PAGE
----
Post image for Why Is The Underwriter Asking For That?!

Why Is The Underwriter Asking For That?!

by Mortgage Nerd on June 23, 2011 · 4 comments

I hear this statement a lot!…”Why is the underwriter asking for that?!” Lately my response has been…”Because mortgage underwriters don’t use common sense any more”. I know I know,  it’s a terrible explanation but it’s a lot better than what I use to say as a newbie loan officer…”Because it’s their money and we have to play by their rules!”


I also find that it is helpful for people to explain the rationale behind an underwriter’s request, which is what I hope to do with the following list. If you don’t find the explanation that you are looking for, please feel free to make a comment below.

Your Mortgage Underwriter Has Asked You For…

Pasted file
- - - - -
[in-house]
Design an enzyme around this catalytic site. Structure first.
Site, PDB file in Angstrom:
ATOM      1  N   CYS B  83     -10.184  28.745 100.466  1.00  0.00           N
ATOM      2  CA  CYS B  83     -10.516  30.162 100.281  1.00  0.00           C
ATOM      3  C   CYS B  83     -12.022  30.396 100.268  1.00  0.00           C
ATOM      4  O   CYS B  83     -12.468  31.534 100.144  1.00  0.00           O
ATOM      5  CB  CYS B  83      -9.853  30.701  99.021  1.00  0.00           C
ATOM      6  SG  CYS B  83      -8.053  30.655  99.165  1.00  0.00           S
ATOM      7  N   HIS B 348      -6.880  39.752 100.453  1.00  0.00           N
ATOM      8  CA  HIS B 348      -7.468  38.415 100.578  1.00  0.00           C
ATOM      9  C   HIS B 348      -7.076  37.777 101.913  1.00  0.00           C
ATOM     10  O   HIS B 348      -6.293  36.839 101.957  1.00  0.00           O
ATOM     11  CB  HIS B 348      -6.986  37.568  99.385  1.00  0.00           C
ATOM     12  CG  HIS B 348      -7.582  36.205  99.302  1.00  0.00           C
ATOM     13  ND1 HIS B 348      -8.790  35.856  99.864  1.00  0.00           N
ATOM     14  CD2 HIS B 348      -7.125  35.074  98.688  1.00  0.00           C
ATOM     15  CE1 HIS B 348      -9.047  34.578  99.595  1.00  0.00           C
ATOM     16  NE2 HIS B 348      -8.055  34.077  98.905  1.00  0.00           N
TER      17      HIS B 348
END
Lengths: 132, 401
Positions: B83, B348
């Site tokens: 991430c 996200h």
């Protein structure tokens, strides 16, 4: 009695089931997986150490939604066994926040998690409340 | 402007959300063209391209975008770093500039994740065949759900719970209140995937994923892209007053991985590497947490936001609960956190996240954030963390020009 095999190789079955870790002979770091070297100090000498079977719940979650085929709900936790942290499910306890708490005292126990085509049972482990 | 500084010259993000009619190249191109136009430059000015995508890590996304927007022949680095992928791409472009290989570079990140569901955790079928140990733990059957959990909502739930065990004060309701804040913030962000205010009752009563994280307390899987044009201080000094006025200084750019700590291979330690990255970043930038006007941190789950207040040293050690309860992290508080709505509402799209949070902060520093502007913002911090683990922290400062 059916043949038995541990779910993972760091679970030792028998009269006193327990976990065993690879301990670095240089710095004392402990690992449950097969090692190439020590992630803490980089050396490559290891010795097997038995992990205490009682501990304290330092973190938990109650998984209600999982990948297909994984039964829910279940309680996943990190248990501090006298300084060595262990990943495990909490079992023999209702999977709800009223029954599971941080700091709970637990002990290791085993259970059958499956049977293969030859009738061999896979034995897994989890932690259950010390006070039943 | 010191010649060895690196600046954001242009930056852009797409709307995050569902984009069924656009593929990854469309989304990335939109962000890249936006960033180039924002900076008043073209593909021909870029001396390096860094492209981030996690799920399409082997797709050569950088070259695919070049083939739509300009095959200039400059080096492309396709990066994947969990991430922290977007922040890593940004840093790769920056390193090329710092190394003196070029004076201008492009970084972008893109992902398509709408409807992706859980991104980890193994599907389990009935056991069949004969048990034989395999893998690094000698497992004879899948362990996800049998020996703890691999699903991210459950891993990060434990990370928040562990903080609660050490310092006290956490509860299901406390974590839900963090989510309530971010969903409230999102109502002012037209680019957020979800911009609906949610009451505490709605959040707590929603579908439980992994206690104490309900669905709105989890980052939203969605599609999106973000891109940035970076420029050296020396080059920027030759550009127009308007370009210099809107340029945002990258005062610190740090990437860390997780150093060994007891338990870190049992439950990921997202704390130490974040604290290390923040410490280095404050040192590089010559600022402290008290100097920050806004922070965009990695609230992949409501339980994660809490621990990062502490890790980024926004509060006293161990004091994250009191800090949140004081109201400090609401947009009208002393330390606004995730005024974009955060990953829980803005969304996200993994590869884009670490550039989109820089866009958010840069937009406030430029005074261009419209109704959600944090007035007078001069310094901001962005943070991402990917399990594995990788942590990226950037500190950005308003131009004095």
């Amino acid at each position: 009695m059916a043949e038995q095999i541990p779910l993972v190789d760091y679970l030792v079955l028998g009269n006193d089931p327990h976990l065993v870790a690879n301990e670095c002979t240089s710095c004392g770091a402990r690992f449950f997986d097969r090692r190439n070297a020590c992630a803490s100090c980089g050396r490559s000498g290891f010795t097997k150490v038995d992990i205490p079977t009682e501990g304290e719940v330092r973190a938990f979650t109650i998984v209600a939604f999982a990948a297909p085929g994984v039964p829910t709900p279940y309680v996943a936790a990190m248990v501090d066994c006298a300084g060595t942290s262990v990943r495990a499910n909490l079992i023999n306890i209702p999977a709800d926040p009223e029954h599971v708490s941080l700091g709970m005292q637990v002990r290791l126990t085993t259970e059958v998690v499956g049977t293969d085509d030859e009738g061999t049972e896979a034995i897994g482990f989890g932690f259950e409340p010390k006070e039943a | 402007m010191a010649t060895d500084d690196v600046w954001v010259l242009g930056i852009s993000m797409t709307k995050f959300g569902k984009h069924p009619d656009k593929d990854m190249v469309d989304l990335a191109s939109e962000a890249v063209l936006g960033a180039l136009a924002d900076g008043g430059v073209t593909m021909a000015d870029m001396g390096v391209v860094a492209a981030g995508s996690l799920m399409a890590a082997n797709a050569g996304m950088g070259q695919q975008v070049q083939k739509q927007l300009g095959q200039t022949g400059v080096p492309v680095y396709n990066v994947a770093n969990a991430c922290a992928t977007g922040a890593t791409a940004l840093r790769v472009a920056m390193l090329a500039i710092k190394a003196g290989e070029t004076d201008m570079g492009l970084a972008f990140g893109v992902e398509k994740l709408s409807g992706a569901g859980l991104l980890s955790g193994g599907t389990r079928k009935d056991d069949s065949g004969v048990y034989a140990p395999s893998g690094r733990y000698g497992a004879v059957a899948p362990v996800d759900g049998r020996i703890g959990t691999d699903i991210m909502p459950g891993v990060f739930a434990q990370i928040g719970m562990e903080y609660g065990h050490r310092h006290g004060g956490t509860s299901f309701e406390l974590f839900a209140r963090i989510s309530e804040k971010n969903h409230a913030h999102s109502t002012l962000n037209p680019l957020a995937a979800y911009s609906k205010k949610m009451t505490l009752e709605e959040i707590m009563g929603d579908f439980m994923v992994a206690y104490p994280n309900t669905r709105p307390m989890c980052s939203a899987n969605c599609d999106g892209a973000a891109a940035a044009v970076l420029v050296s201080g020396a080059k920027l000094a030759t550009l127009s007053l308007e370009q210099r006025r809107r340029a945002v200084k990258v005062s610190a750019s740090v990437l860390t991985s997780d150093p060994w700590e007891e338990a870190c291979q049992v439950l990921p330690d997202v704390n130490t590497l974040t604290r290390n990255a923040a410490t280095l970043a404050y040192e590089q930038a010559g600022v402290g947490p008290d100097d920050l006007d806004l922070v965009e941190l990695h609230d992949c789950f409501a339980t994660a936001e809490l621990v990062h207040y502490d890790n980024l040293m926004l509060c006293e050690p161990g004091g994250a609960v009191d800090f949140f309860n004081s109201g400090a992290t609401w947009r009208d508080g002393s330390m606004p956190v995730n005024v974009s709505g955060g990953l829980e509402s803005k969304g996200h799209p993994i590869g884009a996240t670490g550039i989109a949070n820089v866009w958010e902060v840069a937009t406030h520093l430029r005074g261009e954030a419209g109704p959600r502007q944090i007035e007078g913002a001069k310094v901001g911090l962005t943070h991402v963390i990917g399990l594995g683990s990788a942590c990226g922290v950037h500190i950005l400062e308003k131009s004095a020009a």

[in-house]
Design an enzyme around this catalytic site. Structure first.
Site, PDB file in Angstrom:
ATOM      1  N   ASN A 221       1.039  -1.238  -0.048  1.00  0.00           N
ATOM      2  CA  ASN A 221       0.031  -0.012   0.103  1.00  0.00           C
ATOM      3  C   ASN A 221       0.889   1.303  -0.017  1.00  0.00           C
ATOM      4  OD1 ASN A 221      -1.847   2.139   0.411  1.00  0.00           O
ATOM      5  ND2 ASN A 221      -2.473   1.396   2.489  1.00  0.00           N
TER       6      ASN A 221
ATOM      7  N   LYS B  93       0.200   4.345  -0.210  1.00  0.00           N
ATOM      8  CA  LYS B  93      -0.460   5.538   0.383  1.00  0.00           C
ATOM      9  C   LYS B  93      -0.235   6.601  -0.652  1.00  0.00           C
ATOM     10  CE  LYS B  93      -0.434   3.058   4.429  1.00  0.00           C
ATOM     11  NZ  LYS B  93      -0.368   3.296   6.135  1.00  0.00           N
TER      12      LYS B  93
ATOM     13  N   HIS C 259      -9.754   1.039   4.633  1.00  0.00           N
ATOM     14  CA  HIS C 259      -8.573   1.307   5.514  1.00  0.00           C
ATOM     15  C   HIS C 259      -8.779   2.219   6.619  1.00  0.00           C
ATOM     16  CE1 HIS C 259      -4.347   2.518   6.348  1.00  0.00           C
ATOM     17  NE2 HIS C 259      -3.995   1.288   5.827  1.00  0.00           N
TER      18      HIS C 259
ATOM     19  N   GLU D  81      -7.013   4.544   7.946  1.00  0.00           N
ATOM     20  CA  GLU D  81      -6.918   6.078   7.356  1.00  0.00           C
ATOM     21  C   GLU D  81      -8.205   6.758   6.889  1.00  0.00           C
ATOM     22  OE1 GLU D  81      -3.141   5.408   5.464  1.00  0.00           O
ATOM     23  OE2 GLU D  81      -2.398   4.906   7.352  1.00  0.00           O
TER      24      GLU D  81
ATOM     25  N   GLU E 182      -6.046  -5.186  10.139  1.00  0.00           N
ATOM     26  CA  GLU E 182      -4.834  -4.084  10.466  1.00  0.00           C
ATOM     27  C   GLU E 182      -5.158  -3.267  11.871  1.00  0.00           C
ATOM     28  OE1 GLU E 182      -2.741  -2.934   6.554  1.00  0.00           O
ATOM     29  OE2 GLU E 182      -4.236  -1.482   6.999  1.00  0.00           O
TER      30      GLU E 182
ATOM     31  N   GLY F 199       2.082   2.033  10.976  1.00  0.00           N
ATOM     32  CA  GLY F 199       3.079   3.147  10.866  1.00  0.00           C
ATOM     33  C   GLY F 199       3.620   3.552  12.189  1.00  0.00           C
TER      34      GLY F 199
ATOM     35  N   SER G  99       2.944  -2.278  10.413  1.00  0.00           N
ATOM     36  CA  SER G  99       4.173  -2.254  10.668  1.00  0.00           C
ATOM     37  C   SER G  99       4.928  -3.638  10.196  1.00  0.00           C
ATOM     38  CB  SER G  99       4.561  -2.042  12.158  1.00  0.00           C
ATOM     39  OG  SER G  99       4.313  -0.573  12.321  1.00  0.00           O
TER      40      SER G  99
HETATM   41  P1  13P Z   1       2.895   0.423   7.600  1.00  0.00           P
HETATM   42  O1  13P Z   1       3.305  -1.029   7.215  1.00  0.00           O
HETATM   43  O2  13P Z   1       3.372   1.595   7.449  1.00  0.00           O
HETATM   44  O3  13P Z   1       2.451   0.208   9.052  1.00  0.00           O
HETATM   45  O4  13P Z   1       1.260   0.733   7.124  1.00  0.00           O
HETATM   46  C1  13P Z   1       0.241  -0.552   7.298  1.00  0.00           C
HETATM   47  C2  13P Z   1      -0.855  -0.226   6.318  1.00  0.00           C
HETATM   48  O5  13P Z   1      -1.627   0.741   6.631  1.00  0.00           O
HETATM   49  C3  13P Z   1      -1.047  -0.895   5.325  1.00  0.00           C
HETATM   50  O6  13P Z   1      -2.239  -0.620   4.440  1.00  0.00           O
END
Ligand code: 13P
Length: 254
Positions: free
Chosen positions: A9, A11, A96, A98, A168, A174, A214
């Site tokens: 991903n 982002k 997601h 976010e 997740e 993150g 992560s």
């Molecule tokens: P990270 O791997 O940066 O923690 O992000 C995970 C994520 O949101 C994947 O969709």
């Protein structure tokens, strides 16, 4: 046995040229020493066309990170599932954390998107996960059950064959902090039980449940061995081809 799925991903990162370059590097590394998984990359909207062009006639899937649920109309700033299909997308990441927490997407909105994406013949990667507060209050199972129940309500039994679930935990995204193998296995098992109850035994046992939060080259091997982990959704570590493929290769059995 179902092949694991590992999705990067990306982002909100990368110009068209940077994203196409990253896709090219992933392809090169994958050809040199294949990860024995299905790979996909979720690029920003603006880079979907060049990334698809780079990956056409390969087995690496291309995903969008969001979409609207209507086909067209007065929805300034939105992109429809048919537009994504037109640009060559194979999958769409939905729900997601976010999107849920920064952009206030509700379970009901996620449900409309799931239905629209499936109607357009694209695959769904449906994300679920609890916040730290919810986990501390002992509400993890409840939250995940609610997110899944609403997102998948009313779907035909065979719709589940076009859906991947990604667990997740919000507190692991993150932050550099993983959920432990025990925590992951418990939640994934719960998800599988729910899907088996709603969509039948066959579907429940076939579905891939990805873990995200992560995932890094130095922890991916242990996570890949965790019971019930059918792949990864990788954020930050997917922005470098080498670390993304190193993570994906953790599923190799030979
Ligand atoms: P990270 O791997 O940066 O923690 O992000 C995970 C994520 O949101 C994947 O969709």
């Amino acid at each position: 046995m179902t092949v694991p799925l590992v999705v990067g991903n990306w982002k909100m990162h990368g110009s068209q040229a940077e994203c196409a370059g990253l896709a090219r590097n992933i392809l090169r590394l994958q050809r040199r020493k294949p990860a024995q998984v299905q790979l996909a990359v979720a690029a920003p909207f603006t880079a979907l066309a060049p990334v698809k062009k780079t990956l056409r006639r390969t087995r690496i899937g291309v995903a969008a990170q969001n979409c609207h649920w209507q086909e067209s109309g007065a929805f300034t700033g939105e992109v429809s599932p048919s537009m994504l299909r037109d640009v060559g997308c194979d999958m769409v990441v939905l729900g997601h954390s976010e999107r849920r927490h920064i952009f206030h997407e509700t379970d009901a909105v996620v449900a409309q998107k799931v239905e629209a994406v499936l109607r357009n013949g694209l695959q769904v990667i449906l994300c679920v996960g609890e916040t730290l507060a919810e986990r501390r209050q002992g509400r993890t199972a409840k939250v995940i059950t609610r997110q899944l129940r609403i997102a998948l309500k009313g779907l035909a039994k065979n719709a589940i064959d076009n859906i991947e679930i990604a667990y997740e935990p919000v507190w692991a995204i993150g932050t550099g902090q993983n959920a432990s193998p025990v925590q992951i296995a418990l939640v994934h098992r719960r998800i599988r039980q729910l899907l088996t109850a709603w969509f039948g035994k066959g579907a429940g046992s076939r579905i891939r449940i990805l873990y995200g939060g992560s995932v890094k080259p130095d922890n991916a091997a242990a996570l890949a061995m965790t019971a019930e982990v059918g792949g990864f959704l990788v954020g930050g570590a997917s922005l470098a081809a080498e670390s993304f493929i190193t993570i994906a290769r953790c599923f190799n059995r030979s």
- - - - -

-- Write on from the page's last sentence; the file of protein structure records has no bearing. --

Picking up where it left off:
Credit inquiry letter of explanation: If you have any credit inquiries that appear on your credit report within the last 90 days than the underwriter just wants you to write a letter explaining that none of the inquiries resulted in additional debts that do not already appear on your credit report. If one of the inquiries did result in a debt (e.g. You financed a new car) than you will need to tell your loan officer and provide a statement showing what the monthly payments are. Usually I have found that the credit inquiries are the result of shopping around for a mortgage

Tip: Keep your letters of explanation simple and to the point.